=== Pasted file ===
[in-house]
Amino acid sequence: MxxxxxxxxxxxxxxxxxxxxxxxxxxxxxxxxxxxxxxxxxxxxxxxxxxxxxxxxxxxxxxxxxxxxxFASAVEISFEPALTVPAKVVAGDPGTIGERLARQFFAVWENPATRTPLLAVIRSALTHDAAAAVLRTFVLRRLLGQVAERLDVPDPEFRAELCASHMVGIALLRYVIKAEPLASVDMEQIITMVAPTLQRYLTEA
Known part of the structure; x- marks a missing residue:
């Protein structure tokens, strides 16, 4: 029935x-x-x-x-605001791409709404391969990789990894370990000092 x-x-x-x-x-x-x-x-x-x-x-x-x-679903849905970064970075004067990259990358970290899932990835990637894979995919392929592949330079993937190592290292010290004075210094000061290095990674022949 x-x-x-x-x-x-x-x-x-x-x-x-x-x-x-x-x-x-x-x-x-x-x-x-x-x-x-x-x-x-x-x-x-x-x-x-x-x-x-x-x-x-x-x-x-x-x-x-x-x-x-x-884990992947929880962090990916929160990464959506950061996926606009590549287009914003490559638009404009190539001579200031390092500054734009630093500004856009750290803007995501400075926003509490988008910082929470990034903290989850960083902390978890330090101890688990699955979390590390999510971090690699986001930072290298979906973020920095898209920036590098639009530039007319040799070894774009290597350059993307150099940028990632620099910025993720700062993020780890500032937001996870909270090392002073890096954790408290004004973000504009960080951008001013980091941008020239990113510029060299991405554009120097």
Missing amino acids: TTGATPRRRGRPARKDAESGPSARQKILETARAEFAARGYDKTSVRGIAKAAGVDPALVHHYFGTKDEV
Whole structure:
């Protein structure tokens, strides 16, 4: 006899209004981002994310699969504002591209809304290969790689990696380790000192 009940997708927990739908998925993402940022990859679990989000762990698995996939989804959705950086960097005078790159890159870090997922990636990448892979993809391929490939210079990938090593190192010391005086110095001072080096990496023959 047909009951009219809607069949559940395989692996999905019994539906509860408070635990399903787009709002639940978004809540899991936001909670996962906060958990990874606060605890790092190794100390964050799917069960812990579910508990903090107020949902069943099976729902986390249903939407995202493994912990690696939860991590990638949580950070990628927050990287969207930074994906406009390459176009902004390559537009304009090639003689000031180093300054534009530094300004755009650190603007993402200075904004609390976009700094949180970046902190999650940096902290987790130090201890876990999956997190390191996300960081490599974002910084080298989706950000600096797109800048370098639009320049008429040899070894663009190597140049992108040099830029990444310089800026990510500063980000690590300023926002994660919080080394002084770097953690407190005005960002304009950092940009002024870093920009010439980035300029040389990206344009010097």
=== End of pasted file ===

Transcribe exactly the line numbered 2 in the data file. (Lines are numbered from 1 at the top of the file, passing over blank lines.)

Amino acid sequence: MxxxxxxxxxxxxxxxxxxxxxxxxxxxxxxxxxxxxxxxxxxxxxxxxxxxxxxxxxxxxxxxxxxxxxFASAVEISFEPALTVPAKVVAGDPGTIGERLARQFFAVWENPATRTPLLAVIRSALTHDAAAAVLRTFVLRRLLGQVAERLDVPDPEFRAELCASHMVGIALLRYVIKAEPLASVDMEQIITMVAPTLQRYLTEA